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Gold and Black Illustrated, Vol 27, Digital 6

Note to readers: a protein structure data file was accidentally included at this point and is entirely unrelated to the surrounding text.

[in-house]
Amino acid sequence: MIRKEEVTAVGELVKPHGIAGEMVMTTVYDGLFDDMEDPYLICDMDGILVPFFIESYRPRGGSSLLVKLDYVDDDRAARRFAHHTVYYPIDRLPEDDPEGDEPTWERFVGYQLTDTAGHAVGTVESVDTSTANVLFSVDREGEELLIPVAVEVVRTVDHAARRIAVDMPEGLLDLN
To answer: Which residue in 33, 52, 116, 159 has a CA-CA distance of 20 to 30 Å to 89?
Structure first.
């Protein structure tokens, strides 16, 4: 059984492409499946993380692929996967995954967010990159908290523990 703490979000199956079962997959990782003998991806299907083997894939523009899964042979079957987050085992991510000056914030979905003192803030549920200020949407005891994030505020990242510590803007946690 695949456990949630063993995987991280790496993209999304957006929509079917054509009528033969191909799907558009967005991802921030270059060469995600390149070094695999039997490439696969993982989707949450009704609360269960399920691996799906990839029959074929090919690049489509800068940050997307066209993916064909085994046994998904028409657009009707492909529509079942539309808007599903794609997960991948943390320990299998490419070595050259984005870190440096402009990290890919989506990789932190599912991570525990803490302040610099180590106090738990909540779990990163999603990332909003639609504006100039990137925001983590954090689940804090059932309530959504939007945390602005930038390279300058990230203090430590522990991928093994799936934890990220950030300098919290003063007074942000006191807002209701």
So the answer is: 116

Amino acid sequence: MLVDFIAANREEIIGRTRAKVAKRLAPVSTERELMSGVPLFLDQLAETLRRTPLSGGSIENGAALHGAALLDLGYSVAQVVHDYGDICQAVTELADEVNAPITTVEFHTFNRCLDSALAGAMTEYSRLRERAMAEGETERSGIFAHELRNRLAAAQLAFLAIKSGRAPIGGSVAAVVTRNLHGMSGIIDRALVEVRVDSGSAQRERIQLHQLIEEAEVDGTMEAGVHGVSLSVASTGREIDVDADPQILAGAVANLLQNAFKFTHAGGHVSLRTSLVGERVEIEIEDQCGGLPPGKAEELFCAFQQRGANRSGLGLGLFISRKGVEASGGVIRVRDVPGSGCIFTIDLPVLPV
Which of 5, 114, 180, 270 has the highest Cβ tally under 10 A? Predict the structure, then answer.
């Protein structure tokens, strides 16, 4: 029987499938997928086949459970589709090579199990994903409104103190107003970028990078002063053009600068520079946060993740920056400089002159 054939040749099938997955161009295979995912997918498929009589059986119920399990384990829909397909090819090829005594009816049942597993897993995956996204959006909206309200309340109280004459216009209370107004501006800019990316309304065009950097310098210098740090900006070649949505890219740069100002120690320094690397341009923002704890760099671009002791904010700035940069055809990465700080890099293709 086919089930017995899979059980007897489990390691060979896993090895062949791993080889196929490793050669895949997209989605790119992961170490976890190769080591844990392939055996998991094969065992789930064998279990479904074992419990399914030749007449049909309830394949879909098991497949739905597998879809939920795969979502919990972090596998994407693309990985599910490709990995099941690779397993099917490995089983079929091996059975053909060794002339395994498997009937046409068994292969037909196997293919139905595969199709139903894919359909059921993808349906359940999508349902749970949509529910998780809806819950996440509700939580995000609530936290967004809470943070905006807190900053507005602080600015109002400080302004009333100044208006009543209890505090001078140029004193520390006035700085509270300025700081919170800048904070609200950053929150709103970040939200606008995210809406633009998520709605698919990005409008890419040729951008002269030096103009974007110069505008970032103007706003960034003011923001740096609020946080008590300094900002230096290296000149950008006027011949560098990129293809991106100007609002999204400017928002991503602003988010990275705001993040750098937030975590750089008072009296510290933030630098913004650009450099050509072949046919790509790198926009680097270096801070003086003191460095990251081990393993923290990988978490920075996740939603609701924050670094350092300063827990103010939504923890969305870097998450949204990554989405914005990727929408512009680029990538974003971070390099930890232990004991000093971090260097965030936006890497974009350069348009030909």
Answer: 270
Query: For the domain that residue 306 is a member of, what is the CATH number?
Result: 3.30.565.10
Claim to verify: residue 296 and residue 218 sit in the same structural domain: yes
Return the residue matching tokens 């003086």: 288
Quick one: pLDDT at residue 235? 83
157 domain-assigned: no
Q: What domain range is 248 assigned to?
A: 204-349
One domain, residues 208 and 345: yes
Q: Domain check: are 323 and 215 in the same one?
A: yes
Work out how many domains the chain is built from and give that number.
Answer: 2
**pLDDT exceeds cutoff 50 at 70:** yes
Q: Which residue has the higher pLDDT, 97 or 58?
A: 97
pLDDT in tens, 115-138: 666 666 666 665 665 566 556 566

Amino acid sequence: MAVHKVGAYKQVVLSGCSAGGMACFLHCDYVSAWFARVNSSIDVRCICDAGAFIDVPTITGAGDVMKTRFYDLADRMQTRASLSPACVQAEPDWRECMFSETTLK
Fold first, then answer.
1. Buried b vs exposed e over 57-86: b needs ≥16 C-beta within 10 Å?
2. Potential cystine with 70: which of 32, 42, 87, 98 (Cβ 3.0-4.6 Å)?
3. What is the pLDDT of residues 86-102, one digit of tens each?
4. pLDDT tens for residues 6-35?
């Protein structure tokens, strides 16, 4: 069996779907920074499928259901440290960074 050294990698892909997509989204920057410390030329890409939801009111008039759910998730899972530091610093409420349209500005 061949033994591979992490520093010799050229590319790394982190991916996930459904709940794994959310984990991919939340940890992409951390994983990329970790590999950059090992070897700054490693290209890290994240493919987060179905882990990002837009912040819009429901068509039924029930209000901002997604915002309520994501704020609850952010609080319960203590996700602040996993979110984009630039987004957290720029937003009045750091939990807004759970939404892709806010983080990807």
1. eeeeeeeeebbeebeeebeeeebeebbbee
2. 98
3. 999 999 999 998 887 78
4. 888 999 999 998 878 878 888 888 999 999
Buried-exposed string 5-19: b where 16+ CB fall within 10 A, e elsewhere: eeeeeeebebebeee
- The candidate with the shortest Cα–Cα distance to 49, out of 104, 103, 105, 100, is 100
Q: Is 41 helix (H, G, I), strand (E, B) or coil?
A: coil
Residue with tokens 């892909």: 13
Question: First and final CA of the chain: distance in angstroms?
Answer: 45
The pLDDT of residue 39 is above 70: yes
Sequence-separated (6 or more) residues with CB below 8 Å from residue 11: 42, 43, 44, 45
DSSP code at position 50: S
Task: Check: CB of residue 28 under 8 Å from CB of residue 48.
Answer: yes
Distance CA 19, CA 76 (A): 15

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GOLD AND BLACK ILLUSTRATED VOLUME 27, ISSUE 6 30 arate ourselves," Jones said. "There's some guys, they made the depth chart and it may say 1-5, but it's pretty close, that 1-5. So you have to do something to separate yourself. If it's in conditioning, if you're not in the front, then where you at? If you're mixed in the pack, you're not separating yourself. It's that type of fueling. That just raises the level of competition and raises the level of our play because you know if you're not out there doing what you've got to do, there's guys coming to take your spot. We have to have that dog mentality right now." WR A position of strength in 2016 took a significant hit with the losses of four senior receivers who accounted for 50 percent of the team's receptions, 60 percent of re- ceiving yards and 68 percent of receiving touchdowns. There are only three returning receivers who earned offensive snaps last season: Greg Phillips (unofficially, 235), Anthony Mahoungou (124) and walk-on Jarrett Burgess (13). No wonder Brohm targeted that position the most in recruiting. It's likely the newcomers will be the ones log- ging the most game reps with the ad- ditions of junior college transfers Isaac Zico and Terry Wright and Notre Dame graduate transfer Corey Holmes. But there are rookies as options, too, with D.J. Edwards and Tyler Hamilton, who both enrolled early but were injured for parts or most of the spring, and June ar- rival KeyRon Catlett. Redshirt freshman Jackson Anthrop could battle for snaps in the slot, too. But there's little doubt heading into the season this is the biggest question mark. Brohm often seems to pause — in an attempt to find the polite phrasing — when asked about the receiving corps. Ultimately, he calls the group a "work in progress." The unit knows that's how it is viewed, too. But players are trying to not listen and just focus on showcasing what talents they think they have. That starts with Phillips, who made his first start as a true freshman in place of DeAngelo Yancey in 2014 and has been on the field to varying degrees since then. He's hoping he'll be the go-to guy in 2017, though, saying he feels like his time is now. "Last year, I feel like I didn't get started quickly enough," said Phillips, who dropped four passes in the first three games and saw his snaps dwindle from there. "I took it personally. I didn't get the ball as much, but in practice, I did get the ball. That's one thing mentally, it just slowed me down so I wasn't able to perform how I should have. I still made some third-down conversions, but third-down conversions and touchdowns are two dif- ferent things. "I had to just be patient and know a plan is going to come and wait for it." Phillips isn't quite sure where he'll factor into the of- fense. He's played slot and outside, but the new additions have both of those positions covered. Zico, who plays outside, is supremely confident he can have a breakout season after putting up solid numbers (46 catches, 938 yards, 14 touchdowns) at Georgia Mil- Celebrates Student-Athletes Meet You At Arni's TM Symone Black Junior, Applied Exercise and Health Black, a junior sprinter and hurdler from Fort Wayne and a key performer on the Boilermakers' 2017 Big Ten outdoor champion women's track team, was one of 69 Purdue student-athletes to be named Academic All-Big Ten in an announcement in late May. Combined with the 57 Boilermakers on the fall list and 59 on the winter list, Purdue had 185 Academic All-Big Ten selections on its rosters for the 2016-17 school year. The women's track and field program, fresh off an outdoor Big Ten title, had 19 of its members recognized for academics. Men's track and field had 10 members feted, followed by nine each from baseball and softball, seven each from men's tennis and men's golf, six from women's golf and two from women's tennis. To be eligible for Academic All-Big Ten selection, student-athletes must be letterwinners who are in at least their second academic year at their institution and carry a cumulative grade-point average of 3.0 or higher.

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